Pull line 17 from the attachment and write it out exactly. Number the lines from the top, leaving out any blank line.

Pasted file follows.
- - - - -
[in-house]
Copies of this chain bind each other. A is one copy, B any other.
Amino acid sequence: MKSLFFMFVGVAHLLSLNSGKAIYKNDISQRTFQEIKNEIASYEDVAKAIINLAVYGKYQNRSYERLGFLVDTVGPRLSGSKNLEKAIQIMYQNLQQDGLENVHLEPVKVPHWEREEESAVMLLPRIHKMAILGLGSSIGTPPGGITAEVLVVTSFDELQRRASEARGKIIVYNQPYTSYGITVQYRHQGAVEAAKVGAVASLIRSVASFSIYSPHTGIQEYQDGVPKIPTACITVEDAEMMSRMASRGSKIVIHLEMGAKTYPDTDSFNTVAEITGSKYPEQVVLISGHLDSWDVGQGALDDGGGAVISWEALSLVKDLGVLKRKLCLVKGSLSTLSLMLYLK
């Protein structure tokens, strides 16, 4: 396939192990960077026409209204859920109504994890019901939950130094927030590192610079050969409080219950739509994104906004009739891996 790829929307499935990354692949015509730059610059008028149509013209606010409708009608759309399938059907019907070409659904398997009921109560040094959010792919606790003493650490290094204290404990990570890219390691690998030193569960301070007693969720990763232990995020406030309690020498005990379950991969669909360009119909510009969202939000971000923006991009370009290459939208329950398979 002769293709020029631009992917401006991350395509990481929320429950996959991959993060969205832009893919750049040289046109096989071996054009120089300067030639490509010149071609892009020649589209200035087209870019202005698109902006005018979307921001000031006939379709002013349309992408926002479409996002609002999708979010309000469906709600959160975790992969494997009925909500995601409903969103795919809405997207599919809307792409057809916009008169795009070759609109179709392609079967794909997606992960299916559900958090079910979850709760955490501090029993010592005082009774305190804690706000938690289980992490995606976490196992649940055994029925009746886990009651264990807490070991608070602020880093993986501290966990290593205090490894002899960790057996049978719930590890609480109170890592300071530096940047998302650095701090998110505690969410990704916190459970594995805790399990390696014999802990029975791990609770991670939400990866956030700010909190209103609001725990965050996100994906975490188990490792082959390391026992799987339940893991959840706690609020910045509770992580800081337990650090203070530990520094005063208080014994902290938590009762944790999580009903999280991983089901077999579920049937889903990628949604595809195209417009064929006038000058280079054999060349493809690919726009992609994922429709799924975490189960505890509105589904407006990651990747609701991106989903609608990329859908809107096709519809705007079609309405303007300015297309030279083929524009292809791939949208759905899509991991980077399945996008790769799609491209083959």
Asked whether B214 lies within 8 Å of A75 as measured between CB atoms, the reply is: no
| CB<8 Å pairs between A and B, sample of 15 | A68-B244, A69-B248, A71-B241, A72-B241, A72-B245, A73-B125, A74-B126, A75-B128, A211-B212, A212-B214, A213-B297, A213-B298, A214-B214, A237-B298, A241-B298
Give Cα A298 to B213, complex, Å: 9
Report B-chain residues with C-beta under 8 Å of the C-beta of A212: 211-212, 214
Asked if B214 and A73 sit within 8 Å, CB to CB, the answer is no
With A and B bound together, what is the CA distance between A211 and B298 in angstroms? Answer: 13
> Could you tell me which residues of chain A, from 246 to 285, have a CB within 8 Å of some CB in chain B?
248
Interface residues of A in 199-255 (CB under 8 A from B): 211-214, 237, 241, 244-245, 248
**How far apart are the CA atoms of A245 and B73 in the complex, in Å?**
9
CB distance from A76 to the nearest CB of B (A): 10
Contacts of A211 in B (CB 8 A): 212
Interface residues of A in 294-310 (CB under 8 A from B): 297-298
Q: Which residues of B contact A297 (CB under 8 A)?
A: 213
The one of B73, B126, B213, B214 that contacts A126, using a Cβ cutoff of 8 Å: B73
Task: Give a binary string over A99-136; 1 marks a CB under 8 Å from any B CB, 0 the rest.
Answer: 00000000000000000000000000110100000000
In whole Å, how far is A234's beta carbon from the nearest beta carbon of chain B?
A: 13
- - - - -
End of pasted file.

Contacts of A211 in B (CB 8 A): 212